Letters to the Editor (10/13/21) | Letters to the Editor | Seven Days | Vermont's Independent Voice

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Letters to the Editor (10/13/21) 

Vergennes Fact-Check

I'd like to reassure Seven Days readers that no one "yelled fire" or went "off the rails" in reporting on Stephen Bates, Black sheriff of Vergennes ["Chief Example," September 29; Feedback: "Don't Yell 'Fire,'" October 6]. Responsible reporters and historians do not embellish facts or jump idly to conclusions.

Newspaper articles are not footnoted the way scholarly ones are, so the reference for the possibility of arson in the burning of the Bates family home was not included in the Seven Days piece. The source document is the July 2, 1880, Vergennes Enterprise & Vermonter report on the blaze. It said, "Some think the fire the work of an incendiary, either to draw Mr. B. from the bank [where he was night watchman] and leave it exposed to burglars, or in revenge for the faithful discharge of his duties as city sheriff." Sheriff Bates clearly had the admiration and respect of most Vergennes residents, but perhaps not previously convicted or would-be criminals!

To be clear, no one "slurred" the voters of Vergennes. In fact, my comments at the recent historic marker ceremony included the following: "Stephen Bates was a remarkable man, and so were the citizens of Vergennes. Together, they did something entirely out of step with their times."

I hope everyone has a chance to stop by and see — and be inspired by — the marker in Vergennes.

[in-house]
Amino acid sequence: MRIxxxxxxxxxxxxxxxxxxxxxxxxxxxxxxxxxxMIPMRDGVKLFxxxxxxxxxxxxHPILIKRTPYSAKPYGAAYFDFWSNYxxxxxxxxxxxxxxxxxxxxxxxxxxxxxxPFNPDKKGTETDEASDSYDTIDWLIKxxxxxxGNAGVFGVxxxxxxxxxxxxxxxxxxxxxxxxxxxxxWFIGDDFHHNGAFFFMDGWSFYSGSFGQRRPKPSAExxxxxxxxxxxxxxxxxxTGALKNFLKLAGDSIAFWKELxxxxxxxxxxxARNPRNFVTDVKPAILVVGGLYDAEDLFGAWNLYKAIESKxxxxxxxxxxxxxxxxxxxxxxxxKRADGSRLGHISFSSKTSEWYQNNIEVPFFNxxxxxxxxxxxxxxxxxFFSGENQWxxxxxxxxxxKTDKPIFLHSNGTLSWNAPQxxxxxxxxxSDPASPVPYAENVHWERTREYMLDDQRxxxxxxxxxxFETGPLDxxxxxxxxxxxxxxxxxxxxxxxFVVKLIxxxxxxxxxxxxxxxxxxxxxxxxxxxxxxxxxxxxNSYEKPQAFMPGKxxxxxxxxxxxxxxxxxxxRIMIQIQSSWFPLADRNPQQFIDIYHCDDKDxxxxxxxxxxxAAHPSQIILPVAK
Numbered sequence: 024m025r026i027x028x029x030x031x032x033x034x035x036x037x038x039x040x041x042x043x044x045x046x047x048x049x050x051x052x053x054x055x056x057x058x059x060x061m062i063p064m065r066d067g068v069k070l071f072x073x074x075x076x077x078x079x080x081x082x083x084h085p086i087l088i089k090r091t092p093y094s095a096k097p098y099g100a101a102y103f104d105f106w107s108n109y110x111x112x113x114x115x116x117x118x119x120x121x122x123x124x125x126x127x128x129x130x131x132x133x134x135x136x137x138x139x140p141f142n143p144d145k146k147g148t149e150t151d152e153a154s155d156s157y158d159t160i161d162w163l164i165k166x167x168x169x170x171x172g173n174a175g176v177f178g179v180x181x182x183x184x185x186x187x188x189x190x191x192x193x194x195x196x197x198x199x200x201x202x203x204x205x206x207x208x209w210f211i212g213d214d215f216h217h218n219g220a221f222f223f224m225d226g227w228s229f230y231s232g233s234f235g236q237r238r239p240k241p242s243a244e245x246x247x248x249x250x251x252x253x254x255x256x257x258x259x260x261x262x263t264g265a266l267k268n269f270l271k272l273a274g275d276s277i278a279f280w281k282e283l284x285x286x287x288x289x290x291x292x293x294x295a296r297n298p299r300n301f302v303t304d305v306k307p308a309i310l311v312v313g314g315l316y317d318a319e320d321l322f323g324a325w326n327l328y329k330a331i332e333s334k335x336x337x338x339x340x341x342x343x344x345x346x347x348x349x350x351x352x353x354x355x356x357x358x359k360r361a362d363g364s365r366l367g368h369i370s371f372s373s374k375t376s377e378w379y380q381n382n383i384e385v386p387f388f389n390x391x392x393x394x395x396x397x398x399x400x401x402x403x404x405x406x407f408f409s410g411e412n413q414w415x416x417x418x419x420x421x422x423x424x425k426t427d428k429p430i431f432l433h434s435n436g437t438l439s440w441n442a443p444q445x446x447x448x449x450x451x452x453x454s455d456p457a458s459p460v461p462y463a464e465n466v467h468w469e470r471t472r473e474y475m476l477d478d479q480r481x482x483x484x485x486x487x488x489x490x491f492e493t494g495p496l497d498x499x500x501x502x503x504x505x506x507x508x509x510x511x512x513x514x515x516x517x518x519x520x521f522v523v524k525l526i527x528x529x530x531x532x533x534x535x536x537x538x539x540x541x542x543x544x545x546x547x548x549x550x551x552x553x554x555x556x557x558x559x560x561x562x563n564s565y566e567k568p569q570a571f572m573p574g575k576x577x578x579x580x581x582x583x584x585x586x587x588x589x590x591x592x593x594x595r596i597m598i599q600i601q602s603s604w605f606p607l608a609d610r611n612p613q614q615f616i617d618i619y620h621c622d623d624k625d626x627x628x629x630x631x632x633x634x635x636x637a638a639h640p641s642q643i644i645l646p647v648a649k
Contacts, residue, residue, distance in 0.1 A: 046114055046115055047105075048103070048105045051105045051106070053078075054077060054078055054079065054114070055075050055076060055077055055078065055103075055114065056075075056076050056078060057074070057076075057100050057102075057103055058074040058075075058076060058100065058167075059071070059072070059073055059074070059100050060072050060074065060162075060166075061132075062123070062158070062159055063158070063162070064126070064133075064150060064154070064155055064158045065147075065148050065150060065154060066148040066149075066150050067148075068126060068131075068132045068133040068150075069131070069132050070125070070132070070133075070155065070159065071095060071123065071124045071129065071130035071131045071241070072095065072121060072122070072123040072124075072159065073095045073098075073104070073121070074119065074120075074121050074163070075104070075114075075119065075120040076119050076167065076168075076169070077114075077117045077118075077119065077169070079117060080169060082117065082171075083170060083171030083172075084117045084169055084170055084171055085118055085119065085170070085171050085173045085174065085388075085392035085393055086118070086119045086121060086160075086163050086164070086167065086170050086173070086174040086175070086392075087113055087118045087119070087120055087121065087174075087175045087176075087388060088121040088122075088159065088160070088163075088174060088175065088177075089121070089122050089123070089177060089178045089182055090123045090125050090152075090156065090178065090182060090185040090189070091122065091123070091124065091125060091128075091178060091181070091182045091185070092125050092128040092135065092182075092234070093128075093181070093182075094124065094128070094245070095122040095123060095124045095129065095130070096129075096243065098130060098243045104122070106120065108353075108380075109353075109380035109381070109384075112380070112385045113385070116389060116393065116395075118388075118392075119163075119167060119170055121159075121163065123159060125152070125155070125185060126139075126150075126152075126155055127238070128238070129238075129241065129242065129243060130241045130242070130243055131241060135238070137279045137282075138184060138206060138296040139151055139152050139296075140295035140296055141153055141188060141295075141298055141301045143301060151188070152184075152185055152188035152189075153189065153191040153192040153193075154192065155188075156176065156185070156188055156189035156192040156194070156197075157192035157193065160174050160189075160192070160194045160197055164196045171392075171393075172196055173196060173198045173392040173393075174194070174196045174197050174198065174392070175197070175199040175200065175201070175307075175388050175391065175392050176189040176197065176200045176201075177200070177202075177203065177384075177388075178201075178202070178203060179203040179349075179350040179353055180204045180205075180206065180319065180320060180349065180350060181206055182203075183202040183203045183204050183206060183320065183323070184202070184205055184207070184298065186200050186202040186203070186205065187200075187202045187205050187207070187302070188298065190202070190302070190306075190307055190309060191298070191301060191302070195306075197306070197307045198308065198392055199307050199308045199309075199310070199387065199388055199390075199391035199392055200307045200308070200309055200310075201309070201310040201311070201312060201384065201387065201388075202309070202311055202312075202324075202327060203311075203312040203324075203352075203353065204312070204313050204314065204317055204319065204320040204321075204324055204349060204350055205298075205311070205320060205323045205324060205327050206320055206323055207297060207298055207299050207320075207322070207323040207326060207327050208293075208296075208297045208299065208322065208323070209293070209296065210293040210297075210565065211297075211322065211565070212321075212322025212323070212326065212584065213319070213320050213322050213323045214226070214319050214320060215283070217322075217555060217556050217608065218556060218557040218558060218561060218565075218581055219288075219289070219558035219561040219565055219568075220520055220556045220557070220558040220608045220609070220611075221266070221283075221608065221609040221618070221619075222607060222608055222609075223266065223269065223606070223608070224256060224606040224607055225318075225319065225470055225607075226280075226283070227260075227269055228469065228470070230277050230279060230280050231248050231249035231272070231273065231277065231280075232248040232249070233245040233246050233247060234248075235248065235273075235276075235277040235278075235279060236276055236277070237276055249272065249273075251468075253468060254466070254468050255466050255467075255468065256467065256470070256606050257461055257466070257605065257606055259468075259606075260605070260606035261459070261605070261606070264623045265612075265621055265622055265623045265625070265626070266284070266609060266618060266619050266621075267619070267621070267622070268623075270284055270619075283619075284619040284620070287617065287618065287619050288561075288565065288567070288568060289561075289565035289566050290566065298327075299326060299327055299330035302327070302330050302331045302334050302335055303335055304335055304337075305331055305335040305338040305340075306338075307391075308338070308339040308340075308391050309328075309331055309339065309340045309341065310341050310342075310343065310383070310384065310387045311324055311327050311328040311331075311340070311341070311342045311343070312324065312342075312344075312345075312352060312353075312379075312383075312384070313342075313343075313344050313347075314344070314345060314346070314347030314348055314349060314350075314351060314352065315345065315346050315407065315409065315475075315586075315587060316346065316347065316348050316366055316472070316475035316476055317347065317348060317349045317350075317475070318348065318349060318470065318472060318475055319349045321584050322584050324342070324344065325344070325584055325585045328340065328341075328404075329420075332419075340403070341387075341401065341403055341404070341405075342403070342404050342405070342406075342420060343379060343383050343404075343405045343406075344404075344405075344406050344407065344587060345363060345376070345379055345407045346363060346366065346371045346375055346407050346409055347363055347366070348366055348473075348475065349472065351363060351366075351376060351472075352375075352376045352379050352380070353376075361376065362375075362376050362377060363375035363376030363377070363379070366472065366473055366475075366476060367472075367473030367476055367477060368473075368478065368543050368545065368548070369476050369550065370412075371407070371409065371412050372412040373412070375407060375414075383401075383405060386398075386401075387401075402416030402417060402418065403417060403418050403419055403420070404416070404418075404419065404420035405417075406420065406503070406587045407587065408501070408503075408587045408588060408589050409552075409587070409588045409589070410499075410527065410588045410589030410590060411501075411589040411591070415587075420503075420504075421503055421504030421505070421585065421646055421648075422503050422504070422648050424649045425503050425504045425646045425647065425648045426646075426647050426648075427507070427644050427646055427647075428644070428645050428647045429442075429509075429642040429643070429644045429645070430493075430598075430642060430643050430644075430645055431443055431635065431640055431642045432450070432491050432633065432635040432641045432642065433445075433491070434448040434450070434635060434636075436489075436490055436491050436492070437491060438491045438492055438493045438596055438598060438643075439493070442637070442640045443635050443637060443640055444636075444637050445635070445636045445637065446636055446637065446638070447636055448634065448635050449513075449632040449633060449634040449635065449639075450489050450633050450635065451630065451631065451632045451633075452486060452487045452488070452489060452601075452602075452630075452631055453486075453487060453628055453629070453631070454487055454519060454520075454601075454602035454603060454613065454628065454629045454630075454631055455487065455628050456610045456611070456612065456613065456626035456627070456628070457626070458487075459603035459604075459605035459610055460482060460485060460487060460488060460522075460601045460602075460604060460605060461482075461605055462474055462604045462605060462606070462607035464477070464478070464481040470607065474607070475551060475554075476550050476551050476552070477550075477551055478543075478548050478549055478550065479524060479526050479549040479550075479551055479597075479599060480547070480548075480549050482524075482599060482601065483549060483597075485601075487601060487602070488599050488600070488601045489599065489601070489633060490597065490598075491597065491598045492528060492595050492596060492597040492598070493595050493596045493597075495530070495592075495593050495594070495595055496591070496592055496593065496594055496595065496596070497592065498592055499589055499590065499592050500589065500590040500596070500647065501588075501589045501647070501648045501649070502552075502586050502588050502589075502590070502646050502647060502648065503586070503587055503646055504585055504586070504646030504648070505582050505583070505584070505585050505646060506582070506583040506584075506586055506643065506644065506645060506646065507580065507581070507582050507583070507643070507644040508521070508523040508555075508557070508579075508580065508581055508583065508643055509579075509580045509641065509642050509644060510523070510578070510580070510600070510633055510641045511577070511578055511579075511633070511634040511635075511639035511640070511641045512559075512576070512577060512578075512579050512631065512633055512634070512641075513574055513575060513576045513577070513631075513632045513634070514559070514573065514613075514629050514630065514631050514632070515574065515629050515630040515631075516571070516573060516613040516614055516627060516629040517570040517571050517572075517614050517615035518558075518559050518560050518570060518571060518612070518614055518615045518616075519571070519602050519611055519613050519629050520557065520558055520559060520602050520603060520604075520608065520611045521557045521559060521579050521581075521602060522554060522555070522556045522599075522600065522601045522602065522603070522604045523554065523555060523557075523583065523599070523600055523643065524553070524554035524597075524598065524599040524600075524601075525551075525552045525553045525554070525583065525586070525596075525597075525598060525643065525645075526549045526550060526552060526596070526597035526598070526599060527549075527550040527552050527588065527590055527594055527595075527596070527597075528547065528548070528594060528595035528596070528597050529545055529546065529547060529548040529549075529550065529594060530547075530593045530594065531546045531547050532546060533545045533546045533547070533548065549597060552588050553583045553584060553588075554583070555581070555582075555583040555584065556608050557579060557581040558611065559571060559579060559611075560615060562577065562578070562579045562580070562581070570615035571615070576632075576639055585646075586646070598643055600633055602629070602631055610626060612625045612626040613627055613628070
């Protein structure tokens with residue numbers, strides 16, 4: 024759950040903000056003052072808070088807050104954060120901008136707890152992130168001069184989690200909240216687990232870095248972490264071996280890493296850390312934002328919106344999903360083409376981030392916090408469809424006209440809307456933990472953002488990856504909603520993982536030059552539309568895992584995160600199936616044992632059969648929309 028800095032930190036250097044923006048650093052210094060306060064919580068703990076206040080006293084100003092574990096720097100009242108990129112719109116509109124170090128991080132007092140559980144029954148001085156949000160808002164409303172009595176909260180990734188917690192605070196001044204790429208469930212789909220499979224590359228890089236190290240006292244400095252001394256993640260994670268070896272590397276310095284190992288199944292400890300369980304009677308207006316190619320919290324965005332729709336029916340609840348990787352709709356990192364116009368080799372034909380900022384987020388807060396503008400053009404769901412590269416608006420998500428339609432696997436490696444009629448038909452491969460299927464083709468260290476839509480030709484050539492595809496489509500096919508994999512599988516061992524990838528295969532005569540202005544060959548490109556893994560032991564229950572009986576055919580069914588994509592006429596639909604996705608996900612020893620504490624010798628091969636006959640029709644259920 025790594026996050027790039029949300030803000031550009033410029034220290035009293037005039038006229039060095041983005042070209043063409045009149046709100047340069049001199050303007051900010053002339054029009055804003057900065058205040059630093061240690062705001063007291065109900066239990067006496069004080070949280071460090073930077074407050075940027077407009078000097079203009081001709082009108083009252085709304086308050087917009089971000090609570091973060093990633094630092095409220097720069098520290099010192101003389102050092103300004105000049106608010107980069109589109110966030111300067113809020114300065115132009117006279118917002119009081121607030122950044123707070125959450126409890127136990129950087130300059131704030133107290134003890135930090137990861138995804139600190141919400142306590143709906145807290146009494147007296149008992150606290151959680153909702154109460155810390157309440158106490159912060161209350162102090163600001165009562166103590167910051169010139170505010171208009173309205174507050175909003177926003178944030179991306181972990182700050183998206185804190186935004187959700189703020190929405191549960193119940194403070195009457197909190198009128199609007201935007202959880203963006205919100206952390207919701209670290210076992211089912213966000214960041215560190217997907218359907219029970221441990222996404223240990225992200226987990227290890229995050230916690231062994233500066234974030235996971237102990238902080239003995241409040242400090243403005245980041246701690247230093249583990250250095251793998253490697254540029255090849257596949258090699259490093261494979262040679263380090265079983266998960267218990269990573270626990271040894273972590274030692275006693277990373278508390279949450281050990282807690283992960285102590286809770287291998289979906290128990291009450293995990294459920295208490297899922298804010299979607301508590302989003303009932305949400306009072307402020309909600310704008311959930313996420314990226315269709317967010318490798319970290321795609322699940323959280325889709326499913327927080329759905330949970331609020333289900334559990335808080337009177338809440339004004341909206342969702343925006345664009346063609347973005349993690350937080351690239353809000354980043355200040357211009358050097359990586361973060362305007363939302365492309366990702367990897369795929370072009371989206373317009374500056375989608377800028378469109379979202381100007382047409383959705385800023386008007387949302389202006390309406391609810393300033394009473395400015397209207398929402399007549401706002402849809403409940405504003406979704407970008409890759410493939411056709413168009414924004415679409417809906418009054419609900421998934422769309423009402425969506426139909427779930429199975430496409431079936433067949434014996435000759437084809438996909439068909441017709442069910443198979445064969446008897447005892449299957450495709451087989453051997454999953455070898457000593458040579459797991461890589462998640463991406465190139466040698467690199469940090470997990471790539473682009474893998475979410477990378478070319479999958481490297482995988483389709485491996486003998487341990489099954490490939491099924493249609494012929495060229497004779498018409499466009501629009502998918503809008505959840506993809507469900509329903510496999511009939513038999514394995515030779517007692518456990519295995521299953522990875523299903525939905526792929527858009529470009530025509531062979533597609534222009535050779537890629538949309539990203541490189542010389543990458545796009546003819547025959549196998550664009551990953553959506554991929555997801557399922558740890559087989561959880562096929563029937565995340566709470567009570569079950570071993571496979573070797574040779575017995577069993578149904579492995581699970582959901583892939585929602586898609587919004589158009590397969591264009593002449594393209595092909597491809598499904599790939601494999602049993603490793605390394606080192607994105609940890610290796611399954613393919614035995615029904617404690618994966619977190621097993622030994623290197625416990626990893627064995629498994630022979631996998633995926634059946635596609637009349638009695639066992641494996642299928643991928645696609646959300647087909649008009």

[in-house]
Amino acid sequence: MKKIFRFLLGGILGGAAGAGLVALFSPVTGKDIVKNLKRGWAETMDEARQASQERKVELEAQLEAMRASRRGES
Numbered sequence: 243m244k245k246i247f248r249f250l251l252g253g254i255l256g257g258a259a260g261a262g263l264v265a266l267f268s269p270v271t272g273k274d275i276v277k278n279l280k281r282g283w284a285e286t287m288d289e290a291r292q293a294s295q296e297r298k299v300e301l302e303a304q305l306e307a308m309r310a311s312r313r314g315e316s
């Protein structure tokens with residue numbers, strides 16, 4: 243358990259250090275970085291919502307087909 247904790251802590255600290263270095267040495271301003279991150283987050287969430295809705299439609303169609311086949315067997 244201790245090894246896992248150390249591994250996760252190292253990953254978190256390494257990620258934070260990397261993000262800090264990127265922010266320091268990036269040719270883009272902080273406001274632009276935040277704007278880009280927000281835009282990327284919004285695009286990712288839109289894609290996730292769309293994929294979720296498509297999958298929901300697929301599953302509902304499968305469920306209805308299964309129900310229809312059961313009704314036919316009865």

Jane Williamson

Burlington

Williamson is a member of the Stephen Bates Marker Team.

'Meticulous Article'

I pick up Seven Days weekly in Rutland. Although residing almost two hours from Burlington, I rely on the paper to keep me informed about the plethora of Burlington cultural events.

I was heartened to read your feature on jazz saxophonist Marty Fogel ["Playing It From the Heart," September 29], and I've appreciated the fact that jazz icon and University of Vermont professor Ray Vega has been on the Vermont jazz scene for many years now. A fellow New Jersey transplant like Marty, I had come to recognize Marty's talented contributions to the New York metropolitan jazz scene over the decades. I'm happy he is a present fixture on the Burlington jazz scene.

Thanks, Seven Days, for the meticulous article.

Russ Layne

Danby

Write to Know

Vermont likes to brag up its "quaints,"

and how Montpelier leaders are saints,

but when asked to confess

of their EB-5 mess,

candid and transparent they ain't.

Cindy Hill

Middlebury

A Different View